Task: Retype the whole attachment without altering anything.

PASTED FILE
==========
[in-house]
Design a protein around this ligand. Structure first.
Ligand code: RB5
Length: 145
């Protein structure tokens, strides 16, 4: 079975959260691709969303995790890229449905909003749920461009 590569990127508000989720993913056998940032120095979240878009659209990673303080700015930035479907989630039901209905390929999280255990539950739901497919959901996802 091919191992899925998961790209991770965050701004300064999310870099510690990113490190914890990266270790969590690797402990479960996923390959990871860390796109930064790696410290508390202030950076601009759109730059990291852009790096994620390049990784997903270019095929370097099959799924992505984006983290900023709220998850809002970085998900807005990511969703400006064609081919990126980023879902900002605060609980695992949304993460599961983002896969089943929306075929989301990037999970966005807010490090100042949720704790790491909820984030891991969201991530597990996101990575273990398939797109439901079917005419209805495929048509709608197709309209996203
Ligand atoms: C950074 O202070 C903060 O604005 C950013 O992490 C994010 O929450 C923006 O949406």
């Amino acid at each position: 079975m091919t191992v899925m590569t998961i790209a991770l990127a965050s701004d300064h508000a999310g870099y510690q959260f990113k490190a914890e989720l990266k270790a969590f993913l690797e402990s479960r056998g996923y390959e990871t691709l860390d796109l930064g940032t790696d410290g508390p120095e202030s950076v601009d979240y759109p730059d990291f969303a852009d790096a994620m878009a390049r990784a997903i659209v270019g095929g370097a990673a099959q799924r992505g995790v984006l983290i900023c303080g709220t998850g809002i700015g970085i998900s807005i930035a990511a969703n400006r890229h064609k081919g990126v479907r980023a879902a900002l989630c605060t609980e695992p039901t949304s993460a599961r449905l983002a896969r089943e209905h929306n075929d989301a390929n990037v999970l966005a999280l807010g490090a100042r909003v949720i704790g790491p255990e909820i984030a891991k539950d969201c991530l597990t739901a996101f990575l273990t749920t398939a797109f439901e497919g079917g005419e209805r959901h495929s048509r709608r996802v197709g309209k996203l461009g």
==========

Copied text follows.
[in-house]
Design a protein around this ligand. Structure first.
Ligand code: RB5
Length: 145
């Protein structure tokens, strides 16, 4: 079975959260691709969303995790890229449905909003749920461009 590569990127508000989720993913056998940032120095979240878009659209990673303080700015930035479907989630039901209905390929999280255990539950739901497919959901996802 091919191992899925998961790209991770965050701004300064999310870099510690990113490190914890990266270790969590690797402990479960996923390959990871860390796109930064790696410290508390202030950076601009759109730059990291852009790096994620390049990784997903270019095929370097099959799924992505984006983290900023709220998850809002970085998900807005990511969703400006064609081919990126980023879902900002605060609980695992949304993460599961983002896969089943929306075929989301990037999970966005807010490090100042949720704790790491909820984030891991969201991530597990996101990575273990398939797109439901079917005419209805495929048509709608197709309209996203
Ligand atoms: C950074 O202070 C903060 O604005 C950013 O992490 C994010 O929450 C923006 O949406």
């Amino acid at each position: 079975m091919t191992v899925m590569t998961i790209a991770l990127a965050s701004d300064h508000a999310g870099y510690q959260f990113k490190a914890e989720l990266k270790a969590f993913l690797e402990s479960r056998g996923y390959e990871t691709l860390d796109l930064g940032t790696d410290g508390p120095e202030s950076v601009d979240y759109p730059d990291f969303a852009d790096a994620m878009a390049r990784a997903i659209v270019g095929g370097a990673a099959q799924r992505g995790v984006l983290i900023c303080g709220t998850g809002i700015g970085i998900s807005i930035a990511a969703n400006r890229h064609k081919g990126v479907r980023a879902a900002l989630c605060t609980e695992p039901t949304s993460a599961r449905l983002a896969r089943e209905h929306n075929d989301a390929n990037v999970l966005a999280l807010g490090a100042r909003v949720i704790g790491p255990e909820i984030a891991k539950d969201c991530l597990t739901a996101f990575l273990t749920t398939a797109f439901e497919g079917g005419e209805r959901h495929s048509r709608r996802v197709g309209k996203l461009g």